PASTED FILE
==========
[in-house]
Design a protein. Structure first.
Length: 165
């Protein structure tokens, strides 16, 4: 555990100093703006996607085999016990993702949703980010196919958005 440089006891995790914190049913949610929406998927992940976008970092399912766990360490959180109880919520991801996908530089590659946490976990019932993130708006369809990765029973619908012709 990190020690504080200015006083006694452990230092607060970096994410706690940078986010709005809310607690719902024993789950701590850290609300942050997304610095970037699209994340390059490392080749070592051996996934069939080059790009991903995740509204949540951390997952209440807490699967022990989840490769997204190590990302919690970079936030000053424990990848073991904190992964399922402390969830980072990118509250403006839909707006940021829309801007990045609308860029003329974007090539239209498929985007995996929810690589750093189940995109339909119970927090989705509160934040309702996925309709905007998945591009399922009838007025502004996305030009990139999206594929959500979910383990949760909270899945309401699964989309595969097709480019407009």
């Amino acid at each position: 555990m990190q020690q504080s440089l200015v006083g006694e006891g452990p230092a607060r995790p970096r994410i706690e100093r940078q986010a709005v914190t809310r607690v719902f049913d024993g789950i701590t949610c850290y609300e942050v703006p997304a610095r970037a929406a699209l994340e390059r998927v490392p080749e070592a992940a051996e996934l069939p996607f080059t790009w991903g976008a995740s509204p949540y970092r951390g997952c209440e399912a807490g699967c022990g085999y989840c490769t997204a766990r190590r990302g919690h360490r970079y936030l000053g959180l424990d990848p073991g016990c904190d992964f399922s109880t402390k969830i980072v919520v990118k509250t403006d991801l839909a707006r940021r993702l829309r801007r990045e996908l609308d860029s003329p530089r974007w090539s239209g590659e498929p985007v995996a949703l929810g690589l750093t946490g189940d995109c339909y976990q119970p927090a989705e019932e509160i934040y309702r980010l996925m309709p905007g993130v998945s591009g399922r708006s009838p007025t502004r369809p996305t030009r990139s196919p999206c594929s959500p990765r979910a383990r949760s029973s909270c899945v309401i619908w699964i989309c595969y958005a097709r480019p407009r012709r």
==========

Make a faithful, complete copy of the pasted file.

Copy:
[in-house]
Design a protein. Structure first.
Length: 165
């Protein structure tokens, strides 16, 4: 555990100093703006996607085999016990993702949703980010196919958005 440089006891995790914190049913949610929406998927992940976008970092399912766990360490959180109880919520991801996908530089590659946490976990019932993130708006369809990765029973619908012709 990190020690504080200015006083006694452990230092607060970096994410706690940078986010709005809310607690719902024993789950701590850290609300942050997304610095970037699209994340390059490392080749070592051996996934069939080059790009991903995740509204949540951390997952209440807490699967022990989840490769997204190590990302919690970079936030000053424990990848073991904190992964399922402390969830980072990118509250403006839909707006940021829309801007990045609308860029003329974007090539239209498929985007995996929810690589750093189940995109339909119970927090989705509160934040309702996925309709905007998945591009399922009838007025502004996305030009990139999206594929959500979910383990949760909270899945309401699964989309595969097709480019407009």
């Amino acid at each position: 555990m990190q020690q504080s440089l200015v006083g006694e006891g452990p230092a607060r995790p970096r994410i706690e100093r940078q986010a709005v914190t809310r607690v719902f049913d024993g789950i701590t949610c850290y609300e942050v703006p997304a610095r970037a929406a699209l994340e390059r998927v490392p080749e070592a992940a051996e996934l069939p996607f080059t790009w991903g976008a995740s509204p949540y970092r951390g997952c209440e399912a807490g699967c022990g085999y989840c490769t997204a766990r190590r990302g919690h360490r970079y936030l000053g959180l424990d990848p073991g016990c904190d992964f399922s109880t402390k969830i980072v919520v990118k509250t403006d991801l839909a707006r940021r993702l829309r801007r990045e996908l609308d860029s003329p530089r974007w090539s239209g590659e498929p985007v995996a949703l929810g690589l750093t946490g189940d995109c339909y976990q119970p927090a989705e019932e509160i934040y309702r980010l996925m309709p905007g993130v998945s591009g399922r708006s009838p007025t502004r369809p996305t030009r990139s196919p999206c594929s959500p990765r979910a383990r949760s029973s909270c899945v309401i619908w699964i989309c595969y958005a097709r480019p407009r012709r």